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Mindfulness Practice: Overcoming Discouragement

This is the fourth post in a series exploring the topics covered in the book You Are Not Your Pain [Amazon affiliate link]. See You Are Not Your Pain: An Introduction to learn more.

My orange silk eye pillow is still tearstained from the first time I tried to meditate. After three minutes of attempting the homework for the mindfulness-based stress reduction (MBSR) course I was in, I went to Hart in tears. I said, “She doesn’t have any idea how hard this is! How can she possibly expect someone to meditate when they feel as bad as I do? This can’t work for someone who is as sick as I am.” Eight years later, that memory is still so strong that I asked Vidyamala Burch about it during our interview.

Kerrie Smyres: The first time I tried meditation was homework for an MBSR course. I was crying within minutes, angry that the teacher had no idea how hard it was to be in my body. How do you encourage participants who have a similar reaction?

Vidyamala Burch: I know how you feel because when I first started doing body scans I felt much worse afterwards, like I had been run over by a train, because my body was holding so much tension that when I came into my body, I was completely flooded by the tension. But I just intuited that I needed to keep doing it and those feelings eased off over time.

If you have got a body that you don’t like because it hurts you, because you feel let down by it or whatever—it is one of the hardest things in the world to come into that body and it should never be dismissed as something that is easy.

At Breathworks, we really know how hard it is, so we put a lot of emphasis on comfort, making sure people have the blankets and cushions that they need, we are sort of loving people, tucking them in literally and metaphorically, and if people cry or get angry, we say ‘Yes, of course,’ that is a totally appropriate response. We put a lot of emphasis on love and kindness which is very important. Otherwise body awareness can seem a bit more mechanical—you are trying to just come into your body and go through the different body parts without this attitude of love. Well, that will be a really hard thing to do.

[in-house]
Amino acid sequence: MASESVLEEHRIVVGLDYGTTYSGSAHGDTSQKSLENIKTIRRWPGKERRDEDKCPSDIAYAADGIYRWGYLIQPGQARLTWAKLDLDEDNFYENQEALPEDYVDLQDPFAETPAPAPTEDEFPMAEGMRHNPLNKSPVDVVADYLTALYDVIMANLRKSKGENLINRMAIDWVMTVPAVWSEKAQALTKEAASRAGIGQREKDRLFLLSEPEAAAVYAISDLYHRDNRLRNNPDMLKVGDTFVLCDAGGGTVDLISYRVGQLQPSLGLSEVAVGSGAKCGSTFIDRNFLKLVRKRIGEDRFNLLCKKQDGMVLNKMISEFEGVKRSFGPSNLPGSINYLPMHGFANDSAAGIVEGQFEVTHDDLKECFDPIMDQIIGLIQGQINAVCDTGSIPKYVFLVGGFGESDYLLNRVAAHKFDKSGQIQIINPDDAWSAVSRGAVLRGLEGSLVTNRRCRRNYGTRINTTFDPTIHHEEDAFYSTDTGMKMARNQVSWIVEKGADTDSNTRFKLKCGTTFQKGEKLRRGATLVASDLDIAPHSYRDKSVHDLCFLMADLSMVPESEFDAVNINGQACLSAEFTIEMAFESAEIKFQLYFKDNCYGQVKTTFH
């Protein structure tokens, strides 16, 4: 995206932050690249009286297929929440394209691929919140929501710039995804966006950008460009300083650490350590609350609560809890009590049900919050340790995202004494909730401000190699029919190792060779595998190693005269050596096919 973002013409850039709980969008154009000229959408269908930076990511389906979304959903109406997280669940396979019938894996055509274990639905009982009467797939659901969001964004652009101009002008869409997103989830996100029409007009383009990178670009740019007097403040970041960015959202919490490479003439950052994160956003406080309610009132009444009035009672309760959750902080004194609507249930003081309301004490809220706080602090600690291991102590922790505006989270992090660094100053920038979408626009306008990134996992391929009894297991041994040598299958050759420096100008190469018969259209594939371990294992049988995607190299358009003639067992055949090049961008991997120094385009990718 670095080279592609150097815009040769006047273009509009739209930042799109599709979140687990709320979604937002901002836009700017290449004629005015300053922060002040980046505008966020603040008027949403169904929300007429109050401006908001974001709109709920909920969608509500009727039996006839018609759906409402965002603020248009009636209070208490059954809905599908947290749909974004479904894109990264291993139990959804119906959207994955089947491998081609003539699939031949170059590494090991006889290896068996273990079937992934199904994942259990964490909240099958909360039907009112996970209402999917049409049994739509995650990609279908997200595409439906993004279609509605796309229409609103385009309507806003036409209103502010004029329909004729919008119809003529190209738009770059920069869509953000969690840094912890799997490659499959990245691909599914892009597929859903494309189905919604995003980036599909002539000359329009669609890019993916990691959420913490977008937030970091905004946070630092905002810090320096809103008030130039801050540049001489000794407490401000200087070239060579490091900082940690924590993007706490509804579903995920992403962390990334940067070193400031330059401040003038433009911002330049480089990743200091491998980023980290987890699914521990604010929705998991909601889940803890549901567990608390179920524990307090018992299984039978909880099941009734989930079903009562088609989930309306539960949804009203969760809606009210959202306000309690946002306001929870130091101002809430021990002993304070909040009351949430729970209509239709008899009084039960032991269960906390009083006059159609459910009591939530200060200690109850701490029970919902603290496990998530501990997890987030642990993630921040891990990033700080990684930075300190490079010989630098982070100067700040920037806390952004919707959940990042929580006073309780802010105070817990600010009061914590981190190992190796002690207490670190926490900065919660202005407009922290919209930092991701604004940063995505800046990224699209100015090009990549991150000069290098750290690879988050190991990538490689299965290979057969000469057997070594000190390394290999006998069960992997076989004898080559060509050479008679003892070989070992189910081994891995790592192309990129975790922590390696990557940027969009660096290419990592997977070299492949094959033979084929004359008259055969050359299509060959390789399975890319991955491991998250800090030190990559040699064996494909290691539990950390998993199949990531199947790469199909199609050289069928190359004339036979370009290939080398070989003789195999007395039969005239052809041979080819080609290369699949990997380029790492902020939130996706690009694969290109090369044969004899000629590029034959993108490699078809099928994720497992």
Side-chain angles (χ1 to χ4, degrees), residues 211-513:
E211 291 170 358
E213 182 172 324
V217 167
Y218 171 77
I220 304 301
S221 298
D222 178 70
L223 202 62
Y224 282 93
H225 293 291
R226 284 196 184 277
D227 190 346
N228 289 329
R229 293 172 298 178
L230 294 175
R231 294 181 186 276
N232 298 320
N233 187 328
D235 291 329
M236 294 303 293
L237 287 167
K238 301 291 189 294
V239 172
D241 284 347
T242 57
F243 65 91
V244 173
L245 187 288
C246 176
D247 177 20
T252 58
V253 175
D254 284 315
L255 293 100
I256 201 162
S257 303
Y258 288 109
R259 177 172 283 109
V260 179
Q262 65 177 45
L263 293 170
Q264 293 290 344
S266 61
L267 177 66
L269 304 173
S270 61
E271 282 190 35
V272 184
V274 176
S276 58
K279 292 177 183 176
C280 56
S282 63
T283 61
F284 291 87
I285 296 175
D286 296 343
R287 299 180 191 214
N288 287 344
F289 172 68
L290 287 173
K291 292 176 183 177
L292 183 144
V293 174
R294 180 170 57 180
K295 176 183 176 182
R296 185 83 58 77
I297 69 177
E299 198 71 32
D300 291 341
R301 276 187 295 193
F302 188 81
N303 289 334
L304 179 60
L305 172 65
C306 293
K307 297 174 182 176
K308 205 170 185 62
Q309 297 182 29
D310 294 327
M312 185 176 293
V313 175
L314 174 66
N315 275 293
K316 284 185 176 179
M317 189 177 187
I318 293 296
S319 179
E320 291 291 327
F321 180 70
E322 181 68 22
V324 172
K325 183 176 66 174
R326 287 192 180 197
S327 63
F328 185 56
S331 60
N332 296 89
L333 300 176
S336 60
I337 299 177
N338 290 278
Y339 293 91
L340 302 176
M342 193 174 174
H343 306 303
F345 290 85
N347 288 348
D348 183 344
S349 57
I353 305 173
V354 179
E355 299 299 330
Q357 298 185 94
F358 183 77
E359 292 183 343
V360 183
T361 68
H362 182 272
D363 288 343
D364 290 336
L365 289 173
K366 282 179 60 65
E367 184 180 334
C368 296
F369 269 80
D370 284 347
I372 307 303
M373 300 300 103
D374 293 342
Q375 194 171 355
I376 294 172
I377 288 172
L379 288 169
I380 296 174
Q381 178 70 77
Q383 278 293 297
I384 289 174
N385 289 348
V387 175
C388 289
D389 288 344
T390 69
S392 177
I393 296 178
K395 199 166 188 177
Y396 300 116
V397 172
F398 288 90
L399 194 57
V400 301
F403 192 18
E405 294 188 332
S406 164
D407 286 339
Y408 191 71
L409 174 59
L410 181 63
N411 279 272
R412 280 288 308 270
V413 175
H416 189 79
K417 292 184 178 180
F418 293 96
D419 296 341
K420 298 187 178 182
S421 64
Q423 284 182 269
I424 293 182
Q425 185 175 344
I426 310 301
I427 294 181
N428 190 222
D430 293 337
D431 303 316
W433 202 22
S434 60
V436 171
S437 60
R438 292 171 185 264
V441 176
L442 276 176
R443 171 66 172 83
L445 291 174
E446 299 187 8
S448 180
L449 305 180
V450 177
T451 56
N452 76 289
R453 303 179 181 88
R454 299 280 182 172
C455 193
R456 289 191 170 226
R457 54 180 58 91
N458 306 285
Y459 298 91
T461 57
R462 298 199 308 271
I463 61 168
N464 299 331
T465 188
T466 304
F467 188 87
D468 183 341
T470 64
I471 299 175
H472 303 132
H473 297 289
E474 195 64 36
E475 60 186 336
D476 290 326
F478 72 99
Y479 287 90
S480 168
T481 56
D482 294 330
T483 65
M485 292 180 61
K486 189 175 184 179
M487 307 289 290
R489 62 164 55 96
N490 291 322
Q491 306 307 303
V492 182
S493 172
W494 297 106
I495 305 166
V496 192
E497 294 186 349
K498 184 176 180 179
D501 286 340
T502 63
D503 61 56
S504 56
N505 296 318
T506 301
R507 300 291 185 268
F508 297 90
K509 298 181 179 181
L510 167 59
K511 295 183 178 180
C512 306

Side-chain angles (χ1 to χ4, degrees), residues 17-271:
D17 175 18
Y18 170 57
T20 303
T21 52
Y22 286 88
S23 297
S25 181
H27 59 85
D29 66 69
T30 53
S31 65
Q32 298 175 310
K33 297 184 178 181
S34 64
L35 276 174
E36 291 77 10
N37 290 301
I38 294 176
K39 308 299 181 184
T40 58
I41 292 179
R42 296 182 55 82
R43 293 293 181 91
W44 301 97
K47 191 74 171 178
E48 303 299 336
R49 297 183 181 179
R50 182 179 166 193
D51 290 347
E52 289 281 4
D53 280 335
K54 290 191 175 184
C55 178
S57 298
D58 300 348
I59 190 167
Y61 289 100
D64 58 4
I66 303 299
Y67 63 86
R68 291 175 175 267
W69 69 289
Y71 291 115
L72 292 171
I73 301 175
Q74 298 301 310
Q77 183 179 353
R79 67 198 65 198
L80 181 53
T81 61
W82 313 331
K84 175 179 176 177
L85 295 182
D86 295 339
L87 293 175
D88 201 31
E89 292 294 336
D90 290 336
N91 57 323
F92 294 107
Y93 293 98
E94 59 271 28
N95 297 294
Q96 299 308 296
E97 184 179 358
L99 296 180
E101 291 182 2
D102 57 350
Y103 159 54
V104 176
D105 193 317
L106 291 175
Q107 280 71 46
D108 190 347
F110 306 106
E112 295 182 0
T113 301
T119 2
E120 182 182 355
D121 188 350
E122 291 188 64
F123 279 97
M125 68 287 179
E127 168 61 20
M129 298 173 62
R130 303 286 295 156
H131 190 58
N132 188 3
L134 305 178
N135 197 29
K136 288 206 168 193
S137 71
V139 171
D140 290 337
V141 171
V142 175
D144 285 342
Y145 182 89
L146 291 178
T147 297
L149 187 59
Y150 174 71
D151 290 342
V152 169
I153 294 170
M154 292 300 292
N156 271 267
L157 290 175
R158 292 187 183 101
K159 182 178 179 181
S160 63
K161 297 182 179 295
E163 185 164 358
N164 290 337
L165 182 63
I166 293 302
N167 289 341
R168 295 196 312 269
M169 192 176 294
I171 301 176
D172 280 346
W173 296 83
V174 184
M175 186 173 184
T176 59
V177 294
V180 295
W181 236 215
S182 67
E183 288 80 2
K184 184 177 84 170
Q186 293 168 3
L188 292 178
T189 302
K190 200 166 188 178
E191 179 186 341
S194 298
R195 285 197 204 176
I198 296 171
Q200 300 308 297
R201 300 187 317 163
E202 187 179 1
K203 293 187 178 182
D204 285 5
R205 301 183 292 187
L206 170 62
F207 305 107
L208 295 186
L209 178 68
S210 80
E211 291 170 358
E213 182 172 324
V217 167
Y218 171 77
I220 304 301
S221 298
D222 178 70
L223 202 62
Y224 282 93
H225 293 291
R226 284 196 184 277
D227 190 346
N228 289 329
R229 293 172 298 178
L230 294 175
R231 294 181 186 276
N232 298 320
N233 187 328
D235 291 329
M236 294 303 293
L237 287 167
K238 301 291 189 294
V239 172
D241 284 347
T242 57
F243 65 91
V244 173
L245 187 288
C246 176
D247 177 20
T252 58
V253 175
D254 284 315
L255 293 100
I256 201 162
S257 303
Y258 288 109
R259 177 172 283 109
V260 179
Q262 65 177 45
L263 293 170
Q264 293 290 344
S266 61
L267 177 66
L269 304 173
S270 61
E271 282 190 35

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You Are Not Your Pain: Primary and Secondary Suffering

This is the third in a series exploring the topics covered in the book You Are Not Your Pain [Amazon affiliate link]. See You Are Not Your Pain: An Introduction to learn more.

Pain has two components, the physical sensation and our emotional reaction to the physical sensation. We cannot control primary suffering—which is the pain itself—but we can control secondary suffering through our reaction to the pain. I used to believe this distinction was immaterial, but I’ve come to believe it is possibly the most effective coping strategy for to help me deal with all manner of adversity. I use it in every aspect of my life.

Kerrie Smyres: How do the principles of “You Are Not Your Pain” apply to someone who has pain as one component of a chronic illness with other symptoms that can be just as, or even more, debilitating?

Vidyamala Burch: The principles of the book “You Are Not Your Pain” equally apply to anything that is unpleasant, whether that is pain, some other debilitating symptom, or more mental and emotional suffering. The absolute core principle is that when we have anything unpleasant we resist it. The pain isn’t really the problem; the resistance to the pain is the problem, the response in the heart and the mind of ‘I don’t want this.’

This response means that you are kind of pushing it away and when you push it away you make it worse. In the book we make a distinction between ‘Primary and Secondary Suffering’ to describe his. Primary suffering is the unpleasant sensations in your body, heart or mind that have already arisen. We call this a ‘given’ in this moment. But if you automatically push it away you then get lots of other suffering—and we say that this suffering is optional and that is the secondary suffering.

To summarise: the primary suffering is anything that is unpleasant in your experience; it doesn’t matter whether that is pain, illness or a painful mental state. All the approaches in my book will teach you how to accept the primary suffering and reduce/overcome the secondary. This means your overall suffering will reduce—sometimes dramatically.

KS: Primary suffering can seem so overwhelming that secondary suffering feels inevitable and unavoidable. What advice would you give someone struggling to separate secondary suffering from primary suffering?

VB: It is difficult, as pain can feel incredibly solid. We can feel as if we are solid and the pain that is the enemy is also solid and there is very little room for separation within this solidity. But the deeper awareness that comes from mindfulness is that life is like a river, it’s not solid at all. It is a flow of thoughts, emotions and feelings arising all the time. So, what we are doing is learning is to rest our awareness within the flow of the river of life—we are learning to work with this fluid experience as it comes into being and passes away moment by moment.